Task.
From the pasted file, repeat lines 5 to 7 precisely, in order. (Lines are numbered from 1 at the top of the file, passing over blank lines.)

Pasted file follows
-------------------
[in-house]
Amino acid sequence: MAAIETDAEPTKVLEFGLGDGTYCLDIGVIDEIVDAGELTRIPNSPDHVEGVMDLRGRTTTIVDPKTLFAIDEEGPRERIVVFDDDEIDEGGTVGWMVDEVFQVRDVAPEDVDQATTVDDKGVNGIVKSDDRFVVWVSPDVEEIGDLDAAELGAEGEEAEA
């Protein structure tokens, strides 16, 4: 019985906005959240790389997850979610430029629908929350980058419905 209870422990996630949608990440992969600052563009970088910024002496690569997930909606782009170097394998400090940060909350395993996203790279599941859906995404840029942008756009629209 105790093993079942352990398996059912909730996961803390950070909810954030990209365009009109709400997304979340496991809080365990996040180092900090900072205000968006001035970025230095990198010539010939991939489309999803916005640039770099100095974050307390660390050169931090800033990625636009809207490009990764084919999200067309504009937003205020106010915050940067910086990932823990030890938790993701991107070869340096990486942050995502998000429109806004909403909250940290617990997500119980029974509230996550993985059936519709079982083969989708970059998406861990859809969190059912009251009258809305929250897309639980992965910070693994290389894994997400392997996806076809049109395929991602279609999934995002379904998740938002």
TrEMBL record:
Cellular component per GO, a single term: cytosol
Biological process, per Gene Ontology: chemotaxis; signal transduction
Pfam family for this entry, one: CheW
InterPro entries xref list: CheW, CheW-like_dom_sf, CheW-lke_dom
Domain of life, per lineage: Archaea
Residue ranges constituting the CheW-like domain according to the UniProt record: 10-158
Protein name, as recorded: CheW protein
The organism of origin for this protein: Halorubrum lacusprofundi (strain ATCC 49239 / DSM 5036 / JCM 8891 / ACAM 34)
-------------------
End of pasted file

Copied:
Cellular component per GO, a single term: cytosol
Biological process, per Gene Ontology: chemotaxis; signal transduction
Pfam family for this entry, one: CheW